After that we made our way to Maras, but before reaching there we stopped at a shop that sells salt products. Maras is famous for its salt mines. When I saw pictures of Maras I was very interested and since I had never been to a salt mine before, I was really excited about going there. At the shop, the guide gave us some explanation and time to shop. The shop sold interesting products like salt (as expected) and salt flavored chocolate. I didn't get anything though. Here I was really feeling not so good. I was feeling feverish, so I took ibuprofen. Really this trip was the hardest on me physically.
Then it's off to Maras. It was crazy hot and it was quite a walk to reach the salt mines. Isn't it a curiosity to have salt mines in the mountains? The water does come from the mountain and it was salty, we tasted it. Then the mines, well mine is not the correct word, I should be using salt ponds. Well the salt ponds are in the terraces and the water is channeled to these ponds. There are so many ponds and they are in different stages of salt crystallization. Gioia said if you look closely, you can see crystal forming. I tried, but couldn't see it and also I didn't have time to really see because there were so many tourists. It was really busy with tourists than workers. You can walk some part of the perimeter but you can't go deep into the ponds. These are actual working salt ponds. From each pond, if I recall correctly, around 3 types of salt can be harvested, from your common table salt to the ones you use to bath in. It was quite something seeing this. We agreed this was hard work. You need the sun to get the salt, but seeing the workers walking up and down the terrace carrying the salt, that's tough.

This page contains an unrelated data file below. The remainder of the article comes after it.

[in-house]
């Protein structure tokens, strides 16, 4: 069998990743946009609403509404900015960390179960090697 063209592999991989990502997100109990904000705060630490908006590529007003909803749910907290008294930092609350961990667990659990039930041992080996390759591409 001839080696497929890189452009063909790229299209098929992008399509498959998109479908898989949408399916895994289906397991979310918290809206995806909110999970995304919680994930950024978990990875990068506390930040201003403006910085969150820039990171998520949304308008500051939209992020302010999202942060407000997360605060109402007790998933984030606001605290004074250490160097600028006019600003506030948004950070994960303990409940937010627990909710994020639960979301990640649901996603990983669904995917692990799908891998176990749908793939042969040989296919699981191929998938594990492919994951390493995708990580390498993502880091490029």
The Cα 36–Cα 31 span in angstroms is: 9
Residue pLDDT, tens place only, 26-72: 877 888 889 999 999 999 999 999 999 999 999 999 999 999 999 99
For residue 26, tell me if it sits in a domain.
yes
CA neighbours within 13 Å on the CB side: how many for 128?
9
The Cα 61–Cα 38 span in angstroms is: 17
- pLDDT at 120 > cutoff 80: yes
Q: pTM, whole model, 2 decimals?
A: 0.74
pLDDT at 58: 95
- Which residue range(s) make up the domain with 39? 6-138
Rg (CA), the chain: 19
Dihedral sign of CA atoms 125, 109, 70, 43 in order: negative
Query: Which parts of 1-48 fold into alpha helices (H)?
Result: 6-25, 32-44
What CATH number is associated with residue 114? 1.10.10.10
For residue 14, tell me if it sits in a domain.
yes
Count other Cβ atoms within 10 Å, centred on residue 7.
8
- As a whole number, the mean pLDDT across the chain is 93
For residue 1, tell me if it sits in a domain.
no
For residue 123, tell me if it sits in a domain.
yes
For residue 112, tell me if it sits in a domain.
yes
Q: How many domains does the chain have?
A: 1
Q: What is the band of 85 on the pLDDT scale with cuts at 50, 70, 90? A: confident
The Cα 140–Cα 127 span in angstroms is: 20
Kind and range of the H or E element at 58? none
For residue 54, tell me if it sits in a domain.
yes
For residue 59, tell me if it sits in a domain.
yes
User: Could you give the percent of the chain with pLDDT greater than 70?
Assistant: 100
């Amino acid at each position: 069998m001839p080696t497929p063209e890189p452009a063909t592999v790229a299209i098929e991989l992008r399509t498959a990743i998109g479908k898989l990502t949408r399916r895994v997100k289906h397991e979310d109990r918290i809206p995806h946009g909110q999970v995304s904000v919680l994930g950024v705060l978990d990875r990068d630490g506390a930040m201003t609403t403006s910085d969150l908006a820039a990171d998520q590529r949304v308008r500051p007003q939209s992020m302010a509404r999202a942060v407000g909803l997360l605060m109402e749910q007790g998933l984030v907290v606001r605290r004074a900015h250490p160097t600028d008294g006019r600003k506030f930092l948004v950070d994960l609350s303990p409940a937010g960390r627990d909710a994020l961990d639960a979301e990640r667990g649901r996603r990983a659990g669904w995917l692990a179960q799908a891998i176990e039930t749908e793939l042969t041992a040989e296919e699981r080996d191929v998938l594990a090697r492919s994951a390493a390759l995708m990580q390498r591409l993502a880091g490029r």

After that we're done for the day. It was a long day that day. We decided to be dropped off near Plaza de Armas. There was like a cultural performance or competition thing going on in the Plaza.
We didn't watch much, instead we went inside the Cathedral. I forgot how much the ticket price was. You could buy a combined ticket which included other churches, but we didn't feel like walking to explore the other churches so we just settled for the Cathedral only. You couldn't take picture so I don't have any picture from the inside. What I recall was that the Cathedral was pretty expansive. Then we decided to call it the day. I spent the evening watching When Harry Met Sally... on TV. For pictures from that day, please go here.
so I close my eyes and realize
that I'm alive deep inside Strange American Dream - Rayland Baxter